In the atmosphere, SO42 is produced from gas-phase SO2 oxidation by hydroxyl radicals (•OH) and oxidation in aqueous-phase (i.e., in clouds). SO2, dissolved in an aqueous-phase, forms S(IV) species (i.e., SO2·H2O, HSO3, and SO32−) that react with hydrogen peroxide (H2O2), ozone (O3), and molecular oxygen (O2) to form SO42. Among these chemical processes, several studies have proposed several mechanisms causing the weakened response of SO42 to SO2 decreases.
To obtain quantitative information in sulfate formation pathways, we simulate global tropospheric sulfate chemistry using the version 12.5.0 of the GEOS-Chem chemical transport model. We performed the model simulations with anthropogenic emissions corresponding to the years 1960, 1973, 1986, 1999, and 2013, to investigate the past changes in atmospheric sulfate formation and its efficiency in response to the changes in anthropogenic emission.
Relative contributions of S(IV)+ O3 and H2O2 were increased between 1973 and 2013 over the Eastern NA (ENA) and WE, and the proportional increases of S(IV) + O3 pathway are consistent with our previous observation of triple oxygen isotopic composition of SO42 in a Greenland ice core. The increase of S(IV) + O3 pathway is best explained by an increase in the cloud water pH over the period, and not by O3 concentration increase.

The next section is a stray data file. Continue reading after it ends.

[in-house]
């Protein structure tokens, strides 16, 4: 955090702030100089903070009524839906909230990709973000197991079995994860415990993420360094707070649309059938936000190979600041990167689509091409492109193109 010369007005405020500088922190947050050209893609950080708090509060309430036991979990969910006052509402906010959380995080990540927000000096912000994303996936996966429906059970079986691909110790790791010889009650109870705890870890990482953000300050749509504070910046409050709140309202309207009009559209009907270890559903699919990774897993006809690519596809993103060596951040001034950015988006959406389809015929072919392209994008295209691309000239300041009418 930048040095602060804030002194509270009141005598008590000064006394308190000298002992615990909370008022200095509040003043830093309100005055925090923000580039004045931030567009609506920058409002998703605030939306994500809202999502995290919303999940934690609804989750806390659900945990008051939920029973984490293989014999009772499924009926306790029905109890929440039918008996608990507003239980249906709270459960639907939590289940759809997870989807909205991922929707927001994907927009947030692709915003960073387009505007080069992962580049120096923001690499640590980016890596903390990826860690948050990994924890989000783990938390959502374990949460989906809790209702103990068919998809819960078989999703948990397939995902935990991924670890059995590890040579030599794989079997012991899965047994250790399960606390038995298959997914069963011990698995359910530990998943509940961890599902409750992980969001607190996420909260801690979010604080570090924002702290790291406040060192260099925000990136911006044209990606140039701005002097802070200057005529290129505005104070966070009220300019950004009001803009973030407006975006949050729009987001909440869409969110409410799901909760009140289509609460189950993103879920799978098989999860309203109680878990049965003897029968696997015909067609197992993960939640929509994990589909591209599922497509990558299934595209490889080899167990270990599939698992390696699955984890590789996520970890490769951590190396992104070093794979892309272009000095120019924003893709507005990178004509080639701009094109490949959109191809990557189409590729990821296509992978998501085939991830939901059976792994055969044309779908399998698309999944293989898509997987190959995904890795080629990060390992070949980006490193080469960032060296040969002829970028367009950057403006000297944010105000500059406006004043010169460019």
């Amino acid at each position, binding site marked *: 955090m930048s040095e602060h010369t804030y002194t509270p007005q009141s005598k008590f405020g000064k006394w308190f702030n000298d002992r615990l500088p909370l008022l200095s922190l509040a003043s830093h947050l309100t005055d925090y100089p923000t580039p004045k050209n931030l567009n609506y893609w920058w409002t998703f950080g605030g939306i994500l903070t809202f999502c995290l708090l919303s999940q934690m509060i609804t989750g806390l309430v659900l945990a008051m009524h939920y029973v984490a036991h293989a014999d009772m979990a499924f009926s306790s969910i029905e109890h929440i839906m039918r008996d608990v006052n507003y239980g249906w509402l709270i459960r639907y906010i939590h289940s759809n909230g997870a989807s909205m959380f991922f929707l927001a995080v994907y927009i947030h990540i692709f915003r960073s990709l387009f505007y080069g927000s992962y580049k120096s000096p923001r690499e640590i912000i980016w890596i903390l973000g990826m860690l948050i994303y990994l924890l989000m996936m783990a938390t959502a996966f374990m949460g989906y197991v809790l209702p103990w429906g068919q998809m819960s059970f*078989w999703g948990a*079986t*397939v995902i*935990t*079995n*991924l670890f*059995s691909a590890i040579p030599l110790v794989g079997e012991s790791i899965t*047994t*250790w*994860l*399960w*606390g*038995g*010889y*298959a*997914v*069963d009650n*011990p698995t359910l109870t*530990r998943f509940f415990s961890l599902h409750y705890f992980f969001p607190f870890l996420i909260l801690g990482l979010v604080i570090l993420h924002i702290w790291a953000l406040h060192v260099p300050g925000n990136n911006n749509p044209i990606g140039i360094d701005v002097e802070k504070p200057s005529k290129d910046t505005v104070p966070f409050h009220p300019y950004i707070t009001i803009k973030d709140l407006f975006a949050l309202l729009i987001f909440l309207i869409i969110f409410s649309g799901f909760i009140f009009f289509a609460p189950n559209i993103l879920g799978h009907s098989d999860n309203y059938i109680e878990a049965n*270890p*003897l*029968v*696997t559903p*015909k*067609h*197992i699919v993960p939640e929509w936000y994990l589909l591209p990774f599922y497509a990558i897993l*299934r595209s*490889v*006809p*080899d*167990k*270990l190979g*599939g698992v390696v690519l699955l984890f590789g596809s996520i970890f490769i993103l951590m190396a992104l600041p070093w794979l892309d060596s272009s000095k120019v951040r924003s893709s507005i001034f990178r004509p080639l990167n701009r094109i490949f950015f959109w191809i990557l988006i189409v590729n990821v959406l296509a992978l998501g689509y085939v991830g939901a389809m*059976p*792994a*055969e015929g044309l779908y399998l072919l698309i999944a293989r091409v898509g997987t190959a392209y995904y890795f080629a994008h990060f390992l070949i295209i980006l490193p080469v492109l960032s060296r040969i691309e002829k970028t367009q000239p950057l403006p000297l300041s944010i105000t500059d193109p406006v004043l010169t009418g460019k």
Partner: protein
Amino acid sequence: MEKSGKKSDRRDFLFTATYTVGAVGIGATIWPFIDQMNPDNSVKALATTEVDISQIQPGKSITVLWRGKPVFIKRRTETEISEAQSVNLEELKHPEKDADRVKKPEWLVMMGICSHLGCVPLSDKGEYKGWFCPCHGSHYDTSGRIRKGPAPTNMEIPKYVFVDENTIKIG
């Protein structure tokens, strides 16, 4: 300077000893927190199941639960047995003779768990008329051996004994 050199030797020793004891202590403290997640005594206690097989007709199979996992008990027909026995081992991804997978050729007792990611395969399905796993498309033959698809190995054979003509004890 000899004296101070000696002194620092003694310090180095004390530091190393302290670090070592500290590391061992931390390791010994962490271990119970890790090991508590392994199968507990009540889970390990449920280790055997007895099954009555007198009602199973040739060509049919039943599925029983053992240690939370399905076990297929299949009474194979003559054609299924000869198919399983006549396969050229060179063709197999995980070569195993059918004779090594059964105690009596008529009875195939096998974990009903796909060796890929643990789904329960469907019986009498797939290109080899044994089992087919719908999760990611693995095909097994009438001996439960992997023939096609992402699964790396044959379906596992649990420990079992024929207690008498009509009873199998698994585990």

The promotion of S(IV) + O3 pathway over the period caused higher SO2 conversion efficiency for both summertime and wintertime in ENA and WE. On the basis of the GEOS-Chem model outputs, we found two regional characteristics: (i) gradual increase of SO2 conversion efficiency in WE over the period, and (ii) a small increase of SO2 conversion efficiency in ENA between 1960 and 1999 and an abrupt increase between 1999 and 2013.
In the presentation, we will discuss several implications including perspective for future sulfate formation by the worldwide reduction of SO2 and the important role of acidity (defined as cloud pH) in the atmospheric chemistry.

[AAS07-P25] High-temporal-resolution elemental characterization of fine-mode aerosols in springtime Asian outflow: Emission and removal characteristics, and comparison with model simulation

*Takuma Miyakawa1, Akinori Ito1, Chunmao Zhu1, Yugo Kanaya1 (1.Japan Agency for Marine-Earth Science and Technology)

Keywords:Elemental composition, Aerosol, PM2.5, Iron